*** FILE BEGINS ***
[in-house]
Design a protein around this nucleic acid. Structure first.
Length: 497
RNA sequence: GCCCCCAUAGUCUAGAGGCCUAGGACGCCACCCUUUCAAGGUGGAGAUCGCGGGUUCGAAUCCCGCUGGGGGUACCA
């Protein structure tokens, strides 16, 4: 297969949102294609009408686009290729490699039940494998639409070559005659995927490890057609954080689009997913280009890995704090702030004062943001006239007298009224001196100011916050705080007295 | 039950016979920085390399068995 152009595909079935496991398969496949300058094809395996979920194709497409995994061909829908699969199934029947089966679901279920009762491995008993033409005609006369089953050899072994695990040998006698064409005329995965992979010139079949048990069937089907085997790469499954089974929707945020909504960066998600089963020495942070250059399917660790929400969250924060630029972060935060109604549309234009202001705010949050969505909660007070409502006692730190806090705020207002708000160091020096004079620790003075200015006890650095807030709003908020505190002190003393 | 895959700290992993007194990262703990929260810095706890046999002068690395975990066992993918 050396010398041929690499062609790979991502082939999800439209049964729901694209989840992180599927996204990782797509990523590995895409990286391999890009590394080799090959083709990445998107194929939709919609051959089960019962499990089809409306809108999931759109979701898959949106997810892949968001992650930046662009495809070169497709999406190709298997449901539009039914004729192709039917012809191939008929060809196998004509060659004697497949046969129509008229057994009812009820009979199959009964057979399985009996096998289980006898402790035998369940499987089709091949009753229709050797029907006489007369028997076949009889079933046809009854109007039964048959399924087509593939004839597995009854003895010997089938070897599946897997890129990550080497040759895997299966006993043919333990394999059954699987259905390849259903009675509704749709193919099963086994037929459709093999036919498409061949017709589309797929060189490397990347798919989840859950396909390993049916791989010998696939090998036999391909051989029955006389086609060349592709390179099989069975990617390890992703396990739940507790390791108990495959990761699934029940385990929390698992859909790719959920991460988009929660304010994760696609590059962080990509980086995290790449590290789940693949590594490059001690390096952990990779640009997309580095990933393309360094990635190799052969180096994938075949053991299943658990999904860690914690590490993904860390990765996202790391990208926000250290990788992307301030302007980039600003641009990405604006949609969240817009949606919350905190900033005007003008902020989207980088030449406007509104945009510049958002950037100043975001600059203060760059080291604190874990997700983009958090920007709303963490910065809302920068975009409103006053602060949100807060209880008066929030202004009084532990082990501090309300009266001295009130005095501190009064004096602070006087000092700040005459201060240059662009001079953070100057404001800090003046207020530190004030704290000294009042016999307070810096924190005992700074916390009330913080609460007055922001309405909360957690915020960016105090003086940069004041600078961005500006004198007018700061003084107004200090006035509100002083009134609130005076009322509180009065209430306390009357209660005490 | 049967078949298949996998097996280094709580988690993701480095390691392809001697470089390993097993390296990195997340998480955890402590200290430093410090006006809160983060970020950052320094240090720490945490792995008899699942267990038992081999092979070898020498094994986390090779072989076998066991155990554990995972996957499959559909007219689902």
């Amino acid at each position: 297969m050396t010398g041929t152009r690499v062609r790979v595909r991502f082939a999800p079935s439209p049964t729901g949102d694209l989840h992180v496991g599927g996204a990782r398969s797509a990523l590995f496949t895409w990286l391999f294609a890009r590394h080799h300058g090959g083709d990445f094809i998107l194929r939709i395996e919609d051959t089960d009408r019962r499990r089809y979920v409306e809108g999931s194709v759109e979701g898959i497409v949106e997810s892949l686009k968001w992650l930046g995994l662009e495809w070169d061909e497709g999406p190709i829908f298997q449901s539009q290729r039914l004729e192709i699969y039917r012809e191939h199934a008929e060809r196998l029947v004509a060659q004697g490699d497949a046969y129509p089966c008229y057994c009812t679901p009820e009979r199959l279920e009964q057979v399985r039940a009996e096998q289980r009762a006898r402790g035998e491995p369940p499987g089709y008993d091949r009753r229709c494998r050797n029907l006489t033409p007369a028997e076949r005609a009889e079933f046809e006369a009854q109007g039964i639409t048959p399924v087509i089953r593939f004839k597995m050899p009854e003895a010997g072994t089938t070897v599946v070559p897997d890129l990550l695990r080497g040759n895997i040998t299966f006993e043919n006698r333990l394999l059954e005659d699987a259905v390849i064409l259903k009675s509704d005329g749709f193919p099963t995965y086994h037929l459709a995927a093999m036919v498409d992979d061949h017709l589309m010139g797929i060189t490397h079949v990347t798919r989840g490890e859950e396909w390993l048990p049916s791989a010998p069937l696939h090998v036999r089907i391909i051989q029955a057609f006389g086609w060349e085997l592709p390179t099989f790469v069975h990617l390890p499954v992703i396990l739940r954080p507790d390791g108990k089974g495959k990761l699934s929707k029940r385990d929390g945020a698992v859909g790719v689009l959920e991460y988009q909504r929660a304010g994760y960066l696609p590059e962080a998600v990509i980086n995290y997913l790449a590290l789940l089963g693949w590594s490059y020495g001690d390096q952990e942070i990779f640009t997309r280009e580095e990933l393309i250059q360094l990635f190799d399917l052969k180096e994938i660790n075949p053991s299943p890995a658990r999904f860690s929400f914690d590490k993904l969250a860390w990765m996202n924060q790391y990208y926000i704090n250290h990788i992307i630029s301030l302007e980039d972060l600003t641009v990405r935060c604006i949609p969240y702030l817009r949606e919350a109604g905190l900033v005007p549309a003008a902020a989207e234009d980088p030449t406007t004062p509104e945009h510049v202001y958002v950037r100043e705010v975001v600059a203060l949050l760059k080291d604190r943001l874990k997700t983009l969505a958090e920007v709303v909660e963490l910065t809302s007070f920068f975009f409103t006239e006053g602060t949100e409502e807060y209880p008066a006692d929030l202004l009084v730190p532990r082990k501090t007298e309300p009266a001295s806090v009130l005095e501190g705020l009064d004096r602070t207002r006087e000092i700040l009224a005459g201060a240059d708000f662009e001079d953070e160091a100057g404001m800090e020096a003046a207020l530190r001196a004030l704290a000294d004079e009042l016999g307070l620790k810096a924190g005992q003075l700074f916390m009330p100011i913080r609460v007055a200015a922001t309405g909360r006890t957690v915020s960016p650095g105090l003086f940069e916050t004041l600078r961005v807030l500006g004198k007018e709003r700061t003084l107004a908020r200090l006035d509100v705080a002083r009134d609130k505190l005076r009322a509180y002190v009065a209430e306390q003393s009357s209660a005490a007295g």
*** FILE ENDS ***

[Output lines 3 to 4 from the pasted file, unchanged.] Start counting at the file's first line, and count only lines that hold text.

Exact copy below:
Length: 497
RNA sequence: GCCCCCAUAGUCUAGAGGCCUAGGACGCCACCCUUUCAAGGUGGAGAUCGCGGGUUCGAAUCCCGCUGGGGGUACCA